Plath Poem: "Wintering"
1. Plath has been an inspiration for me for a longer time. I'm rather new to LDR. I'd only heard of her when some critic blasted her performance of 'Video Games' on Saturday Night Live. During our first big writers' hangout we binged a bunch of LDR videos and I remember being impressed by how expressive her songs are, and the videos were like short films with lavish sets and intense storytelling. But I've been into Sylvia's work for decades—she's always been a huge inspiration for me to fight through trauma and chronic depression, to try and create art from darkness.
2. I work as an academic librarian at a large university. It's a really wonderful day job because I have so much access to research. My workplace is actually adjacent to Prince Street in Boston, where Sylvia was born in 1932. I played in punk and metal bands for a couple of decades, but I've shifted my priorities to writing over the past five years. After a recent health scare, I became even more determined to get my work out there.
3. The prompts for my story "Ritual of Gorgons" are "Edge" by Sylvia Plath and "Born to Die" by Lana Del Rey. They really capture the essence of what I was trying to say when I wrote about those two characters falling in love.
1. Both. Both women are/were fierce af. Plath's work that wasn't toned down by her husband is so profound and breathtaking. She was so angry, and rightfully so. How she expressed herself through poetry will always be an inspiration. Lana is a sultry badass. Her music makes me wanna sexy dance in front of whatever flaming wreckage I leave behind.
2. My name is Tiffany Scandal. I'm an author, editor, podcaster, photographer, and former nude model over at Suicide Girls. I enjoy drinking coffee and playing with pussy (cats) all day long. My hair color changes as often as my mood does. I live in Portland, Oregon.
3. I listened to Lana's Ultraviolence on loop while I wrote the story. Don't know how much of the content influenced the story, but it's a great album to write to.
1. Both! Plath has been my muse since I was fourteen, but Lana is a great soundtrack for life/writing.
2. I'm a writer, tarot reader, and witch from Nova Scotia. When not chanting or buying crystals, I can be found looking for UFOS and window shopping overpriced makeup.
3. "The Lazarus Wife" is a mashup of "Lady Lazarus" by Sylvia Plath and Lana Del Rey's "Ultraviolence".
1. Lana was my muse for this short story but I adore them both. There's a beautiful bitterness to their work that calls to my privileged, sad self.
2. I'm a writer and photographer from Olympia, WA, an MFA candidate at Pacific University, an Evergreen graduate, occasional model and filmmaker and former aspiring forensic anthropologist.
3. Lana's song "Kinda Outta Luck." I took the story she tells and expanded on it to create Lola, a character inspired by my experiences as a model.
1. I'm always inspired by Lana's trash glam musical aesthetic and have been enamored with Plath's bee poems for quite a while now. Everything they do is grotesque, but still very beautiful.
2. I'm a Pocha/Xicana who hails from the Central Valley, "the other California." I live that adjunct English teacher life and have an affinity for the Muppets, Ramón Novarro, red lipstick, Ray Bans and the band, Prayers. My real last name is Gonzalez and I'm an Aries. Moon in Virgo.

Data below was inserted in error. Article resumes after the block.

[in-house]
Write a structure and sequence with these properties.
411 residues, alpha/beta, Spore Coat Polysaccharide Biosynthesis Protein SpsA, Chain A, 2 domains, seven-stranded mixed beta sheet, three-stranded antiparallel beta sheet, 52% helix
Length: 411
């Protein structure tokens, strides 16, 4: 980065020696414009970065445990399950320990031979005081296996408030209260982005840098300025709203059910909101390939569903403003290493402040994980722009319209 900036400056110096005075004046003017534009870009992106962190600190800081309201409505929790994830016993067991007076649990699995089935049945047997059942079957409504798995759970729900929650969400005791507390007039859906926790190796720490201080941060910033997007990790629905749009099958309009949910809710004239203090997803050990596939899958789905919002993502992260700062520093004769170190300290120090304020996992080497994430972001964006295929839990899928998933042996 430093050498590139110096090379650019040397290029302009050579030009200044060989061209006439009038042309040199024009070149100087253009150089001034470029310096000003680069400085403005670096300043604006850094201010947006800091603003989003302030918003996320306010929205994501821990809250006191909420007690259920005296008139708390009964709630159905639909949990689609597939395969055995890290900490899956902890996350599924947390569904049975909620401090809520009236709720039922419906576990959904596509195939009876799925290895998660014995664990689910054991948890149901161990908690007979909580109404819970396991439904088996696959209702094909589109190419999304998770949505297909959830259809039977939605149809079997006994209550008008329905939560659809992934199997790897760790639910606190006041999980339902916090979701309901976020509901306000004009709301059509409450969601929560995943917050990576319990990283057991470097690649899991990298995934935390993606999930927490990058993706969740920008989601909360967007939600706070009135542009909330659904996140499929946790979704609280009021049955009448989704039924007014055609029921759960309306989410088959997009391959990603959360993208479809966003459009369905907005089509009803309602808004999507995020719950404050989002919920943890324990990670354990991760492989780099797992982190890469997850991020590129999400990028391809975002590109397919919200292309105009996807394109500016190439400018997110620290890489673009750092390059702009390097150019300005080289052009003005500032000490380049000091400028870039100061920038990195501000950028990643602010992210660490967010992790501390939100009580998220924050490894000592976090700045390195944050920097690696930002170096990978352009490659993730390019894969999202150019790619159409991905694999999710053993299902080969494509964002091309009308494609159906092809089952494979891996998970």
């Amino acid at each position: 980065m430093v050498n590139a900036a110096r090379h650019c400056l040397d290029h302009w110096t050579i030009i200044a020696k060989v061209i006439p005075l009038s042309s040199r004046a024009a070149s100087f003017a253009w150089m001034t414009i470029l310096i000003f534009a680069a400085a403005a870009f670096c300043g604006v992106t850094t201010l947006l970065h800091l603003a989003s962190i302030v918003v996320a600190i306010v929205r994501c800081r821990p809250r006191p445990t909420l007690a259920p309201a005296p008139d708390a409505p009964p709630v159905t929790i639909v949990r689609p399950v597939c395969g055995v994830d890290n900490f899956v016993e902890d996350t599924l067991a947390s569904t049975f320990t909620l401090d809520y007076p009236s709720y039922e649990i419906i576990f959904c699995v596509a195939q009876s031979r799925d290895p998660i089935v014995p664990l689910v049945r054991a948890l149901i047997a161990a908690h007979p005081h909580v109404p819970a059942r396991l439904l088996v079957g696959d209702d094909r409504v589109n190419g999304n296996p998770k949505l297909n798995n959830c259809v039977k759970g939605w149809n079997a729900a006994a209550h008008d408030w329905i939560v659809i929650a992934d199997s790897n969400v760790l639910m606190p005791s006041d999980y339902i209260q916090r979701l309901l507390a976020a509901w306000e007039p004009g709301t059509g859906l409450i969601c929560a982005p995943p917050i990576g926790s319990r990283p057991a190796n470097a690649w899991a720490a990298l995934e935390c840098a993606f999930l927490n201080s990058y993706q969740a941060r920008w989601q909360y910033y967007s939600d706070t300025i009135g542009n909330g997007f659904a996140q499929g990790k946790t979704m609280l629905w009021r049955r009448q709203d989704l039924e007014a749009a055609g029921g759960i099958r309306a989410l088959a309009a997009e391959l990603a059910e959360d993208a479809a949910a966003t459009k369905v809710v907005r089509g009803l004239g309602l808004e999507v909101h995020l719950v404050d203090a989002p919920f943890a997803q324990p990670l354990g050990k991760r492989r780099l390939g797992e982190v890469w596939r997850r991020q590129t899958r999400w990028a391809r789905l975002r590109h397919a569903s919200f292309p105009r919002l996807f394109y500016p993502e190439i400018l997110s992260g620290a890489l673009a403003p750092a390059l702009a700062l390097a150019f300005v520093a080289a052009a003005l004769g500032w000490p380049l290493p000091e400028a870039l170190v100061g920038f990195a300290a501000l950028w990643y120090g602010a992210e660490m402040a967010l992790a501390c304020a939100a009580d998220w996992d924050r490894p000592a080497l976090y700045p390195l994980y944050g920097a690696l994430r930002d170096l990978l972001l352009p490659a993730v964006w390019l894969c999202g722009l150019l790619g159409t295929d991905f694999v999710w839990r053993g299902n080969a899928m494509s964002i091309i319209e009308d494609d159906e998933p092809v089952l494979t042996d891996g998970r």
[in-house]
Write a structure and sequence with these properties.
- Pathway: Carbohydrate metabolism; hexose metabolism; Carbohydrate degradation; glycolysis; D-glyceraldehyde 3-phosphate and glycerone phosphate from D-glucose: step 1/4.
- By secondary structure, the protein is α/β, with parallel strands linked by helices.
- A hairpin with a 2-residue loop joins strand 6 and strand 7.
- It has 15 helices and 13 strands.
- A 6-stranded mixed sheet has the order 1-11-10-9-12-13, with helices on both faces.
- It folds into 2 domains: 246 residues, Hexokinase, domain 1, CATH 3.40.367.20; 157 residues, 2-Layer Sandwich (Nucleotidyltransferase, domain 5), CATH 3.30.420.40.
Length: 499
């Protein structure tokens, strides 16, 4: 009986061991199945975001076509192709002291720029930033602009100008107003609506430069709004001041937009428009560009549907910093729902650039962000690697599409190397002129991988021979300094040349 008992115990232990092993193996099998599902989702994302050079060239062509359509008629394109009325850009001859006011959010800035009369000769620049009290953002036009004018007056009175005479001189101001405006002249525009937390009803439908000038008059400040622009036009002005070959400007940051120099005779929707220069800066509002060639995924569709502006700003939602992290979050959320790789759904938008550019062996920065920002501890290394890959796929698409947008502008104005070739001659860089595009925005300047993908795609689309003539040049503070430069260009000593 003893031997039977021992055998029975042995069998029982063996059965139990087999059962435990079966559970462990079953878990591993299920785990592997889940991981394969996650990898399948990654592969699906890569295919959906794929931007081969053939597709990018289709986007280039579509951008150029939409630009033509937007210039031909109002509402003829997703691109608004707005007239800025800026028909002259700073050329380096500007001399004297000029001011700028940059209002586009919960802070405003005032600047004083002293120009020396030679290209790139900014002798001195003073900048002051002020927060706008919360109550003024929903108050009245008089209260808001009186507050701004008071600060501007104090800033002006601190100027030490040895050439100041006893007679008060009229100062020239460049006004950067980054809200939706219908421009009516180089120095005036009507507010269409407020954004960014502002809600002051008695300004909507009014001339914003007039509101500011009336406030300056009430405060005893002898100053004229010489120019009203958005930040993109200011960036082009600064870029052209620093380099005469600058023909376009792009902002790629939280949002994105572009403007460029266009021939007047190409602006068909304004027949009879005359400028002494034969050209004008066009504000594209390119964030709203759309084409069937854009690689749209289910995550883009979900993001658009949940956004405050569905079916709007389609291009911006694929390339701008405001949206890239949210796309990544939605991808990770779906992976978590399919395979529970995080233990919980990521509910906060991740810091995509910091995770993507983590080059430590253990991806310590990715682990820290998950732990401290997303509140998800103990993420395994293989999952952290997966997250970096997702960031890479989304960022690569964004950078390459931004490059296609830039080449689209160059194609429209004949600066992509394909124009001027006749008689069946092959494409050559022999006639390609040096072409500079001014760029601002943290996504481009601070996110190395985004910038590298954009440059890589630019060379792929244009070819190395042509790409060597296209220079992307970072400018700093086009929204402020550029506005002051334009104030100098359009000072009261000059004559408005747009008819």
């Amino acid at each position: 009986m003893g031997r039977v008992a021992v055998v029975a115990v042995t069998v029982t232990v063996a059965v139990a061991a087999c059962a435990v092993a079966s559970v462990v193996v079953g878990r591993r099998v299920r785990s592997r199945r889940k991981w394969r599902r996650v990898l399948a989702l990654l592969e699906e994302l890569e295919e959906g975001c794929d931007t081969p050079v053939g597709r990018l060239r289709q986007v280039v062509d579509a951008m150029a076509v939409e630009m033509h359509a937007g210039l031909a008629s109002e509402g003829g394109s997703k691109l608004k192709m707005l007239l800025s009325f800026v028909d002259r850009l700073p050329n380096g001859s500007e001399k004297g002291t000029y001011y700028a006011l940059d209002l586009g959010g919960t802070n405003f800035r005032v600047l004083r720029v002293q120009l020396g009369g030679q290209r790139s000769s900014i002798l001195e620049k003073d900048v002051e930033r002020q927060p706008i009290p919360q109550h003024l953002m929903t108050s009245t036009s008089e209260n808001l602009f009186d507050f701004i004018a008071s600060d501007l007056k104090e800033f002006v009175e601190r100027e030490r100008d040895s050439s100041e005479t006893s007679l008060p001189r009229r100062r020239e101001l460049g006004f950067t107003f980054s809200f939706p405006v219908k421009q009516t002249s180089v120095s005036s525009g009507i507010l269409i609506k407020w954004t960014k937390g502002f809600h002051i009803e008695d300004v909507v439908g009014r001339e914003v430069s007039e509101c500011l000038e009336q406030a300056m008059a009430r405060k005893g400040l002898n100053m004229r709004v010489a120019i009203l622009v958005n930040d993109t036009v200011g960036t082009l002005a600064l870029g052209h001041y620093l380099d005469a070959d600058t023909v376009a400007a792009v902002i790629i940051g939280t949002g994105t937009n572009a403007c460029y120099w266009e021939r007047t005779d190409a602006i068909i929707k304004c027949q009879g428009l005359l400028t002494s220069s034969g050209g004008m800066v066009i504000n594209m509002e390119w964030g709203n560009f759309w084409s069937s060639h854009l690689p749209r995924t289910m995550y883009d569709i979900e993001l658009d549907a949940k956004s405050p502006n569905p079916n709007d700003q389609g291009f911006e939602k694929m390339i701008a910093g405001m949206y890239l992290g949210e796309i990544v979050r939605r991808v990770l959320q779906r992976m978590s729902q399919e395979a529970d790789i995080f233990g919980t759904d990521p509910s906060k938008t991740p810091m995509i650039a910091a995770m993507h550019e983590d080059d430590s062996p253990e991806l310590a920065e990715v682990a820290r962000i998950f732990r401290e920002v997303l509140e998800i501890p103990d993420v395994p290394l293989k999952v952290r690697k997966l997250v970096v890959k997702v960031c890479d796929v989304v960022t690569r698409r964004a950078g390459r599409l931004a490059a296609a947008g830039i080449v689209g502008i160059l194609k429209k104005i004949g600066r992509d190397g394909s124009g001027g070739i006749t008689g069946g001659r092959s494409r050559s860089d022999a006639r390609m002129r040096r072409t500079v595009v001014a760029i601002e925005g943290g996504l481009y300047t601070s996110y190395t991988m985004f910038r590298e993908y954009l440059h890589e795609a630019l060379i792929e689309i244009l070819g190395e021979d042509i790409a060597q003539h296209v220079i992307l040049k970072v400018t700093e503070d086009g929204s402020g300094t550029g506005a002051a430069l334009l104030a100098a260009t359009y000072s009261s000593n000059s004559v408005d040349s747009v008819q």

3. The song "Sad Girl" was my story inspiration because it's about being hung up on a intense complicated man and I'm a sucker for that kind of doomed love. #cholosbelike
1. Although I have more in common with Sylvia Plath, it's Lana's voice I hear in my dreams.
2. Cara DiGirolamo is currently in recovery from graduate school, where she studied Linguistics, wrote a dissertation incomprehensible to normal humans, and learned to skate.
3. My story was inspired by Lana Del Rey's "This is What Makes Us Girls," which I love, but I wish were gayer.
1. Although I like Lana’s music and her persona very much (Ultraviolence is my favorite album), Plath has been inspiring me since I was twelve years old and picked up The Bell Jar. It spoke to me so much as a floundering adolescent — and it was incredibly funny. I could really relate to Plath’s sardonic wit and her cut-throat observations about the world. I wrote my college honors thesis on Plath’s poetry, and one of the chapters in my Doctoral dissertation is on The Bell Jar, so liking Plath’s work is not just a phase depressed girls go through! She’s smart, funny, fresh, heartbreaking, and culturally astute about her historical moment. Her work is transcendent. We can still learn so much from her.
2. I live in the East Village with my husband and our two rescue pitbulls, and we’re expecting our first kiddo in June! I taught college English for eight years while working on my PhD, and now I work as an Associate Editor at Ravishly as well as freelance. I also volunteer at an animal shelter and enjoy hiking and horseback riding. I love horror movies, true crime, and dark tourism — like visiting places where murders or tragedies have taken place.
3. I was mostly inspired by The Bell Jar. I typically write personal essays, so this was my first attempt at fiction (although I did really study abroad in Italy in the early aughts). I wanted to create a story that, like The Bell Jar, deconstructed typically idealized experiences and put forth commentary on mental health care. Growing up, I suffered from depression, anxiety, and OCD. I wasn’t able to get help until I ended up in a psychiatric hospital in my mid-twenties. I wanted to create a character who is clearly suffering but also ignored — like Esther was in The Bell Jar. It was very important for me to get that voice down.
1. I’d say they both have equal whispering powers; Plath as a melancholy ghost, Lana as a truculent siren who has seen far too much, too soon.
2. I'm a serious writer. Serious. No fun, just work. I'm kidding! As a thirty-something living in Sin City, I overdose on coffee, CrossFit, and fetish origins. Hobbies include pole dancing, mismatched cutlery, and holding up drunk people.
3. I loved The Bell Jar, but boy, did it piss me off! Not Plath, but the culture that turned a blind-eye to struggling female artists who are also mothers. I wrote the story years ago after obsessing about what happens to the children of suicidal parents.
Laura Diaz de Arce
1.Lana definitely, both her oeuvre at the time and iconography.
I am a writer and general malcontent from South Florida. I write for Smoking Mirror Press in between angry letters to my congressmen. You can find me complaining in ALL CAPS on twitter @QuetaAuthor.
3. For Lana, it was "Ride" "Races" "Young and Beautiful" "Born to Die" "Carmen" "Blue Jeans" and "Ultraviolence" that served as chief inspiration, but I also just let her music play while writing.